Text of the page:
Une des particularités du projet Agir pour Vivre dans sa mise en oeuvre par YMCA Madagascar est le fait que les agents de terrain sont toutes des jeunes filles – des animatrices santé – qui témoignent d’un engagement et d’un dynamisme remarquables dans l’accomplissement de leur travail. Leur aptitude à communiquer, leur attention et leur empathie à l’égard des jeunes inspirent la confiance chez ces derniers. Les figures féminines des équipes de terrain constituent des sources de motivation pour les jeunes.
Mialinandrianina Andrianantenaina (Mialy) est l’animatrice santé de la zone Carion. Agée de 21 ans, elle est la seule fille d’une famille de 4 enfants. Bien que le poste d’animatrice au sein de YMCA Madagascar soit sa première expérience professionnelle, son expérience avec les jeunes est probante car elle est membre active de l’association des jeunes de son église. Etre en interraction avec d’autres jeunes dans des activités diverses lui a permis de développer un intérêt particulier à travailler dans le cadre de programmes pour la promotion et le développement des jeunes.
Basiquement, le travail de l’animatrice santé consiste à faciliter les interractions des jeunes entre eux (pairs éducateurs, groupes de plaidoyer, bénéficiaires et autres), les jeunes et la communauté, les autorités et les autres parties prenantes. Par ailleurs, l’animatrice accompagne et encadre les jeunes dans toutes leurs activités, qu’il s’agisse de sensibilisation, de plaidoyer, de formation ou d’activité sportives et récréatives. Une forte aptitude à communiquer et relationnelle sont les qualités de base requises pour la fonction d’animatrice. Etant elle-même originaire de Carion, Mialy a une facilité à entrer en interraction avec les jeunes de cette région, avec les membres de la communauté et autres parties prenantes ; ce qui facilite la mise en oeuvre des activités du projet, surtout lorsqu’il s’agit de mobilisations communautaires et de campagnes de sensibilisation.
Toutefois, le travail d’animatrice présente bon nombre de défis. Pour Mialy, le plus grand défi c’est d’approcher les autorités qui ont des responsabilités qui ne leur permettent pas toujours d’être disponibles pour collaborer. Elle fait également face au risque d’être refusée ou de se faire rejeter par ses interlocuteurs, surtout lorsqu’il s’agit de faciliter des activités liées au plaidoyer. Par ailleurs, certaines parties prenantes ne sont pas toujours ouvertes pour collaborer et cela demande une forte capacité à négocier et à convaincre de la part de l’animatrice. “Les gens ne sont pas toujours disposés à nous recevoir à tout instant. Toutefois, il faut persévérer jusqu’à ce que l’on obtienne ce que l’on recherche ; revenir à plusieurs reprises si cela est nécessaire, avec des arguments qui démontrent que l’implication de ces personnes est importante, dans l’intérêt des jeunes et des parties prenantes”, suggère-t-elle.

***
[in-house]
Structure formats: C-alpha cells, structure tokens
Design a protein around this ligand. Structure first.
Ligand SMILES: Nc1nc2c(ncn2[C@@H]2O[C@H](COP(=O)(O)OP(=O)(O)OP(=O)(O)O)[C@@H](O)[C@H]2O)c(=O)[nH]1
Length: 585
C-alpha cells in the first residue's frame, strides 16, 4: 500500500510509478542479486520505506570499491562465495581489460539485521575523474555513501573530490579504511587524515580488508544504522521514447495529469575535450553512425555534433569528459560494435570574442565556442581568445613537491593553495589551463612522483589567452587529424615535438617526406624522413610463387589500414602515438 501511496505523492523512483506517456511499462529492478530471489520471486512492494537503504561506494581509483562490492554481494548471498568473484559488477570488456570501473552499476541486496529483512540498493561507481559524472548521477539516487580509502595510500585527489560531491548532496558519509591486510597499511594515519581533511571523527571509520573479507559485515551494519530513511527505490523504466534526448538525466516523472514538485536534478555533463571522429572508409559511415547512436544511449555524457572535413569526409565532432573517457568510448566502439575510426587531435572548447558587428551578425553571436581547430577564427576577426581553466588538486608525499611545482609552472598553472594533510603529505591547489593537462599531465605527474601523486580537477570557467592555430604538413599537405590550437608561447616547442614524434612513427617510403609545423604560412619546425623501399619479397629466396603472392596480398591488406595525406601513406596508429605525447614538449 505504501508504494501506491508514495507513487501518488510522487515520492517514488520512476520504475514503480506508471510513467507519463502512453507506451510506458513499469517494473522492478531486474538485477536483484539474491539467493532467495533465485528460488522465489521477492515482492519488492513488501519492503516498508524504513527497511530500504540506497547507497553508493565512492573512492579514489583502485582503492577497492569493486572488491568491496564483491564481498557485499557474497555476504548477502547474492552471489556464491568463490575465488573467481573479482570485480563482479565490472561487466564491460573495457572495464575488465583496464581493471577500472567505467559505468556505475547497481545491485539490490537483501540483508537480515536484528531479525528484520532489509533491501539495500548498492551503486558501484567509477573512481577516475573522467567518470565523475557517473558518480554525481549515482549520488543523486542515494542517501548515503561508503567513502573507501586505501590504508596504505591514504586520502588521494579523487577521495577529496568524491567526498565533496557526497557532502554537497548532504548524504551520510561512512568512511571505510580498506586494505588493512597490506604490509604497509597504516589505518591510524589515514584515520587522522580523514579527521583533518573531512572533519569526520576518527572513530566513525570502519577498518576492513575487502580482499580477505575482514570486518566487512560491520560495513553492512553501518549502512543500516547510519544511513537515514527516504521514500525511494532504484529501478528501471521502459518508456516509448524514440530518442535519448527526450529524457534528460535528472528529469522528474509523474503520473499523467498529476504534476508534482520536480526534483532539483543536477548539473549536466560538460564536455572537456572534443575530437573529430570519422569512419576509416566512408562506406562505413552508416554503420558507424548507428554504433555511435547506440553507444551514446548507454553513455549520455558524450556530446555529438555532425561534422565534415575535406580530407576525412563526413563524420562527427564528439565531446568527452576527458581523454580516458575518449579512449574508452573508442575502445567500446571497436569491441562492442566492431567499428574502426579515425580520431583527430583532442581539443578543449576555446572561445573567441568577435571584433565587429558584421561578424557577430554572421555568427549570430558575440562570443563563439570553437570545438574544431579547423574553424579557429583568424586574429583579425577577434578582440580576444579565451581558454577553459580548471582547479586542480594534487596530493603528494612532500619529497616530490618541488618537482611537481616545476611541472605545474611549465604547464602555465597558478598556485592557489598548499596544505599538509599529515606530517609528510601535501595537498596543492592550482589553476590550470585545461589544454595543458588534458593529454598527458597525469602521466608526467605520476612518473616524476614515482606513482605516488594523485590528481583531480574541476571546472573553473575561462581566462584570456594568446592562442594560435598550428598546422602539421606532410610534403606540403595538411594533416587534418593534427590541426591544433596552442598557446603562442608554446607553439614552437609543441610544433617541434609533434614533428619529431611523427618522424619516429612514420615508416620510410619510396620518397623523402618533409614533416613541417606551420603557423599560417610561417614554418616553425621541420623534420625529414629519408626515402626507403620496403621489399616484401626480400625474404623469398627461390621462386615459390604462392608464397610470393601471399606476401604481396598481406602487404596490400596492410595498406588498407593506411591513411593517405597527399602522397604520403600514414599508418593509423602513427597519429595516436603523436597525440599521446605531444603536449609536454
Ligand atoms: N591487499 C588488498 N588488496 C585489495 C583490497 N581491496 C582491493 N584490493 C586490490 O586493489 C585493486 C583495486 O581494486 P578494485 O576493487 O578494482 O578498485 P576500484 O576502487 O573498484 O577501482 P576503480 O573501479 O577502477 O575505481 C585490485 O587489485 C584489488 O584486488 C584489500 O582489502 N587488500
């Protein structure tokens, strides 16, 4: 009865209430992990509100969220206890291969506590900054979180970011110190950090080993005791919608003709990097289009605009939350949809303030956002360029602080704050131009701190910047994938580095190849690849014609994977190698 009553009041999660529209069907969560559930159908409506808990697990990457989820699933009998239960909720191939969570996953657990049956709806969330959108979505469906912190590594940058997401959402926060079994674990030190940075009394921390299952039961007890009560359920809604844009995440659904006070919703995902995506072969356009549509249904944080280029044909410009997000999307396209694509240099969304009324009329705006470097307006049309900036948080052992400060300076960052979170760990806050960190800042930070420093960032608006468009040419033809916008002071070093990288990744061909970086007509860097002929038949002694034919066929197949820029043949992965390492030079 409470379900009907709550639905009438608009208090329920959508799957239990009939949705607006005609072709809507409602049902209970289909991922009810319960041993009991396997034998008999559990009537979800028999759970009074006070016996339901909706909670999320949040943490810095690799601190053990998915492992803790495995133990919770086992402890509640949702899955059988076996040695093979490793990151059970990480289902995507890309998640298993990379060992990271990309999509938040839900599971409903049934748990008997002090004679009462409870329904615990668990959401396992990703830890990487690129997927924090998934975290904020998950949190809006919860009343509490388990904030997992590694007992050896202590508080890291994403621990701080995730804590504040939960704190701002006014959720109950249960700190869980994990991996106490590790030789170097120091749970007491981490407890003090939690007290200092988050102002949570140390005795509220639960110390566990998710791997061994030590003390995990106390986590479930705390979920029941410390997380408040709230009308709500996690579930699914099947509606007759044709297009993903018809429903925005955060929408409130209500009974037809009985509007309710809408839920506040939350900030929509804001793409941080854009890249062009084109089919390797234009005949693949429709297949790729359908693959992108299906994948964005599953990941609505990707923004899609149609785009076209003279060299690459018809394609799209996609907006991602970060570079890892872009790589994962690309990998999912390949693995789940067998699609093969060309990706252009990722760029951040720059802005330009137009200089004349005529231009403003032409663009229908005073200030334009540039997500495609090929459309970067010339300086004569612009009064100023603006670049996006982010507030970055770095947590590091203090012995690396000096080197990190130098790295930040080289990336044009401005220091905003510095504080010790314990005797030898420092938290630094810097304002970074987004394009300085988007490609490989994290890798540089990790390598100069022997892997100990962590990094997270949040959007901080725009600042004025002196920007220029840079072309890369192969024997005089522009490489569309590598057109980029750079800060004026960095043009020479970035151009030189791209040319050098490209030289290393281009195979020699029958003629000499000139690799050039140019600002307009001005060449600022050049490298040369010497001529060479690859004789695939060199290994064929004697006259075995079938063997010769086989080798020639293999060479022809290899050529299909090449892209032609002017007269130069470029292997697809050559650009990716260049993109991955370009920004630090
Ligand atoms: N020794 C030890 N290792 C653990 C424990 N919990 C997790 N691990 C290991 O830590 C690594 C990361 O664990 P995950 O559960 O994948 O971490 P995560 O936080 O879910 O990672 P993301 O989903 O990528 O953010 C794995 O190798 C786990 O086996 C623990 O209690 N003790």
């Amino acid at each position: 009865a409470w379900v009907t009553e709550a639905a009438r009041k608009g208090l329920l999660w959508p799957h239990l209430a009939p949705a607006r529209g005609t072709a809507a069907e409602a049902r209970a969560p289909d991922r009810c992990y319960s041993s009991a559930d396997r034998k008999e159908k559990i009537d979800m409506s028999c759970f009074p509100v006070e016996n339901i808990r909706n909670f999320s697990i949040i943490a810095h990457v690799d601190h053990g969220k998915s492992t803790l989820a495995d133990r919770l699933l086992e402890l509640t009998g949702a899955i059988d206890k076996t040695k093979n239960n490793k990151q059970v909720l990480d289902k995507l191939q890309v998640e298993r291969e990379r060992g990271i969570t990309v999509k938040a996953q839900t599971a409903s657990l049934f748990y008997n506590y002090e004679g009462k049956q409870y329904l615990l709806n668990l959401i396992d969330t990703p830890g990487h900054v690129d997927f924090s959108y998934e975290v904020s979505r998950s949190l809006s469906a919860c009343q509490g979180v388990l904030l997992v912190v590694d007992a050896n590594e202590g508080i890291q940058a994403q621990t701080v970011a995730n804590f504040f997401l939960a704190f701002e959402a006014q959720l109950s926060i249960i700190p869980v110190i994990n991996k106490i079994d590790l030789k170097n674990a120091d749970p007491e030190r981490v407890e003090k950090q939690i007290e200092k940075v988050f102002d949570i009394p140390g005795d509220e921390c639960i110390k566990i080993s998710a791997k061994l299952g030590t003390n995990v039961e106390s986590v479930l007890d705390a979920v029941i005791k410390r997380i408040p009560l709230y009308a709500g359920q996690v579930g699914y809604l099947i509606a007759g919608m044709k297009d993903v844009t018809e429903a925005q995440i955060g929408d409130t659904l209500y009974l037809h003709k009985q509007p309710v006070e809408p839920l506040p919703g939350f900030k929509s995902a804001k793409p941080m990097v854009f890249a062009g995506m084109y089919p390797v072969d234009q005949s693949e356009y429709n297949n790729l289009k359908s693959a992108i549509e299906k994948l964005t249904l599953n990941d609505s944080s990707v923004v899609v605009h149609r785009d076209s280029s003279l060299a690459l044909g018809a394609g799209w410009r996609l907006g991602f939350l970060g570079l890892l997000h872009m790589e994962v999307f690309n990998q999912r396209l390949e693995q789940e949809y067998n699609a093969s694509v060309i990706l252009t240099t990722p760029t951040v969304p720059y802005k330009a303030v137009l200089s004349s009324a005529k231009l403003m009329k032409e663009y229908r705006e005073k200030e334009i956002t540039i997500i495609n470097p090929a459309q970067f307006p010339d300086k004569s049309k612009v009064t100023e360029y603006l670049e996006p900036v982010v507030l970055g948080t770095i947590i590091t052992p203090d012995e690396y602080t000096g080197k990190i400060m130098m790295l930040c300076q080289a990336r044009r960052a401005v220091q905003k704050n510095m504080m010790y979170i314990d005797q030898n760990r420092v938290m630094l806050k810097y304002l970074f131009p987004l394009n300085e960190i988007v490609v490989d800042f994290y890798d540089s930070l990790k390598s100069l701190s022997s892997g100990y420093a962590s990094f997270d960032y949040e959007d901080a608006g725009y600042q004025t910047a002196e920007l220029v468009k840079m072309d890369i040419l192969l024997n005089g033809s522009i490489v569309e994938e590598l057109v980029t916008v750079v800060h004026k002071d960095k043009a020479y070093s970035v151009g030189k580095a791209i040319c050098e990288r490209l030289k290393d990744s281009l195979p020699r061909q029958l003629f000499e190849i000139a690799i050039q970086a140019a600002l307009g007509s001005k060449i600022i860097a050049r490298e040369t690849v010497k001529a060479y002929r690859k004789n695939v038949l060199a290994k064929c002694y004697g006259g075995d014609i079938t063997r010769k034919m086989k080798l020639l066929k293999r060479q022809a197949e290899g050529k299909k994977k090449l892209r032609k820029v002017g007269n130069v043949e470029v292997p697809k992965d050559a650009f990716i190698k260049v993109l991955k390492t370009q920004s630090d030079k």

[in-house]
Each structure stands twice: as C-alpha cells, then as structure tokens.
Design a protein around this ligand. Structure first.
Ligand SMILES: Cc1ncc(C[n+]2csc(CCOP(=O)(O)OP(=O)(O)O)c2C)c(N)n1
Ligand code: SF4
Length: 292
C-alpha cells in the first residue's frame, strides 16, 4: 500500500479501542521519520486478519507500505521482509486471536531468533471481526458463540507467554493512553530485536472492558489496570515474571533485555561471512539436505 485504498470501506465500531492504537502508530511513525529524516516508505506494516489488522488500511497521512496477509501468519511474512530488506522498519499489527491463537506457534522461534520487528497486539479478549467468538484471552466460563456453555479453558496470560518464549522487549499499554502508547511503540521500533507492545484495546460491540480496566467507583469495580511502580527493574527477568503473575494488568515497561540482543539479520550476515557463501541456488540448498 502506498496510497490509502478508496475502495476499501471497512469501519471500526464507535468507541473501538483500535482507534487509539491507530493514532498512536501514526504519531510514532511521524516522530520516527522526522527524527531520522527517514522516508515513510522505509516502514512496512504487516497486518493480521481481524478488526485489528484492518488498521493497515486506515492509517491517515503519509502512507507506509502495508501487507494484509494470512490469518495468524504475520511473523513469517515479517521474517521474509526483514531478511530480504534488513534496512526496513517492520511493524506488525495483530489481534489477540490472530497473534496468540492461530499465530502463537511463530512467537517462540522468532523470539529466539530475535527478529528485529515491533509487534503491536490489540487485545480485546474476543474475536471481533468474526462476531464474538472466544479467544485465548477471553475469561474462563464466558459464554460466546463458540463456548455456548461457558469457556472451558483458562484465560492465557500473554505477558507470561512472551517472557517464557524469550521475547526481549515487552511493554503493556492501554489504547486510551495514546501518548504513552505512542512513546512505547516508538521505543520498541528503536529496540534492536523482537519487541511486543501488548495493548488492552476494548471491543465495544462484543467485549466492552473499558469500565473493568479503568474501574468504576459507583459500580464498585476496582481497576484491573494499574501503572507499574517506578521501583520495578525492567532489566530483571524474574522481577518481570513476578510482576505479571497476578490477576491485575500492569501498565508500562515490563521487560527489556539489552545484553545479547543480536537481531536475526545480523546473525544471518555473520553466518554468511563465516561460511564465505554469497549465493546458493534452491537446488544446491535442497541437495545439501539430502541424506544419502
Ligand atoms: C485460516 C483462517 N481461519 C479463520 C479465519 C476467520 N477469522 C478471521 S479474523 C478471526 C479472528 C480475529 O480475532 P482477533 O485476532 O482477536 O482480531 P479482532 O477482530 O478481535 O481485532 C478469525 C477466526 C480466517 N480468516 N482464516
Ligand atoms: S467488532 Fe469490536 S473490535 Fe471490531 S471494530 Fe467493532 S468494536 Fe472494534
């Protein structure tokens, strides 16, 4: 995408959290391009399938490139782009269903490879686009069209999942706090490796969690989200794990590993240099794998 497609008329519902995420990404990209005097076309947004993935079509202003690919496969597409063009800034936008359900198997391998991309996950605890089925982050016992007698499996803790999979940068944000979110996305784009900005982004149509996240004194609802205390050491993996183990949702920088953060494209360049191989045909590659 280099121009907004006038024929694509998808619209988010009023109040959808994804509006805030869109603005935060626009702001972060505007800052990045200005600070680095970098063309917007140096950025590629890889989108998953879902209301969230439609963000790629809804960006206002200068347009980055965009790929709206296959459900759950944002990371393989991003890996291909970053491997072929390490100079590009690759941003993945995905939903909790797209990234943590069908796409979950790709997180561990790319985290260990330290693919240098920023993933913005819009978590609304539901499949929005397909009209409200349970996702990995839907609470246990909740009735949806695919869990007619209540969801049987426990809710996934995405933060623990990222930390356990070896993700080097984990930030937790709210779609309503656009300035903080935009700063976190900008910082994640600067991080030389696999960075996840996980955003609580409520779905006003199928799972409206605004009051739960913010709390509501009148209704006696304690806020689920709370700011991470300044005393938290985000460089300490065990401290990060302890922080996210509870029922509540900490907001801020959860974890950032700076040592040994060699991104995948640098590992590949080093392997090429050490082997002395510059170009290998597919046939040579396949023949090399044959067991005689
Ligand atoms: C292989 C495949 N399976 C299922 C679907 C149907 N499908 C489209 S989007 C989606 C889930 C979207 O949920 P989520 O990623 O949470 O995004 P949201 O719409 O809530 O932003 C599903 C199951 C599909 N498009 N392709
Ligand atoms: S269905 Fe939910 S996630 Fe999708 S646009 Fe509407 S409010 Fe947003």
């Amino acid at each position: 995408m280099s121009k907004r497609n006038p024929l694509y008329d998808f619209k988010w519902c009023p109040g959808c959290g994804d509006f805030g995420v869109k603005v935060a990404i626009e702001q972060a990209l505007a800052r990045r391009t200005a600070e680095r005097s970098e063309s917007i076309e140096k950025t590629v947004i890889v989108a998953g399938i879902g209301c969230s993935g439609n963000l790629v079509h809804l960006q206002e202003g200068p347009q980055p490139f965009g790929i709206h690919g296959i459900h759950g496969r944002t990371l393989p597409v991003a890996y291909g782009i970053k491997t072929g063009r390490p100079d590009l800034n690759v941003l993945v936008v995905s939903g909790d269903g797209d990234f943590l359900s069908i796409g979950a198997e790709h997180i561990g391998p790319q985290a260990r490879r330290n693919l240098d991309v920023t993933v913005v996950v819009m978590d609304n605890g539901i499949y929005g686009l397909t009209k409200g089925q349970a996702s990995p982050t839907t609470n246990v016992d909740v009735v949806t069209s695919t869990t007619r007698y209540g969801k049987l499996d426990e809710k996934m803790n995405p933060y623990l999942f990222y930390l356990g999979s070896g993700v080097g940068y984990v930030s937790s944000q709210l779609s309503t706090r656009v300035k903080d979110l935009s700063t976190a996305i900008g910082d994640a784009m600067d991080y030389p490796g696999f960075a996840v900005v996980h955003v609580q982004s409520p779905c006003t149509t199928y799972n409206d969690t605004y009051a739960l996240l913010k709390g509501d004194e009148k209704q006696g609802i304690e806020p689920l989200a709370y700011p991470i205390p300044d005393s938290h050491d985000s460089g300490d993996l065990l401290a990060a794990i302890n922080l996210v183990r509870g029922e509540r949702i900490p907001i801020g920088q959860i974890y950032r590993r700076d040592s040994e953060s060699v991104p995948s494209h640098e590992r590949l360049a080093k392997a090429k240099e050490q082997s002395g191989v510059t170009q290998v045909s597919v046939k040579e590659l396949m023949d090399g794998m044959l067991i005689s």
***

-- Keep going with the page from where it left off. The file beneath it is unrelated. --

(Mialy, première partant de droite, habillée en rose, encadre un groupe de jeunes lors du rassemblement des pairs éducateurs à Carion) Au cours des 1 an et demi au sein de YMCA Madagascar, Mialy a pu constaté des changements dans la situation des jeunes de sa zone de travail – Carion. Les jeunes démontrent un intérêt pour les activités du projet à travers leurs participation active et engagée. Grâce à leur assiduité et leur implication dans les formations et aux diverses activités telles que les activités de sensibilisation et d’éducation par les pairs et les activités de plaidoyer, les jeunes de Carion deviennent progressivement des agents de changement qui sont eux-même en cours d’un processus de transformation.
L’animatrice joue un rôle crucial car elle accompagne les jeunes tout au long du processus, au moyen des visites à domicile et des discussions individuelles, l’accompagnement dans toutes les activités. “Etre en interraction directe et maintenue avec les jeunes me permet de connaître davantage leurs caractères et personnalités, de comprendre les problèmes qu’ils traversent et ainsi les aider à les surmonter et les résoudre”, affirme Mialy.
Finalement, l’animatrice tient le rôle de motivateur et représente aussi à une source d’inspiration pour les jeunes. Titulaire d’un Baccalauréat de l’enseignement général, Mialy envisage encore de poursuivre des études supérieures ; ce qui lui permettra de renforcer davantage ses capacités et d’apporter plus de contribution pour mieux servir les jeunes. “Si vous avez les moyens, quels qu’ils soient, si des opportunités se présentent pour améliorer vos conditions de vie, n’hésitez pas à les saisir. Cherchez toujours à tirer le meilleur de vous même et toujours améliorer ce que vous possédez déjà”, tel est le message que Mialy lance aux jeunes.
Source: Miray Razanajatovo, Advocacy Coordinator, Madagascar YMCA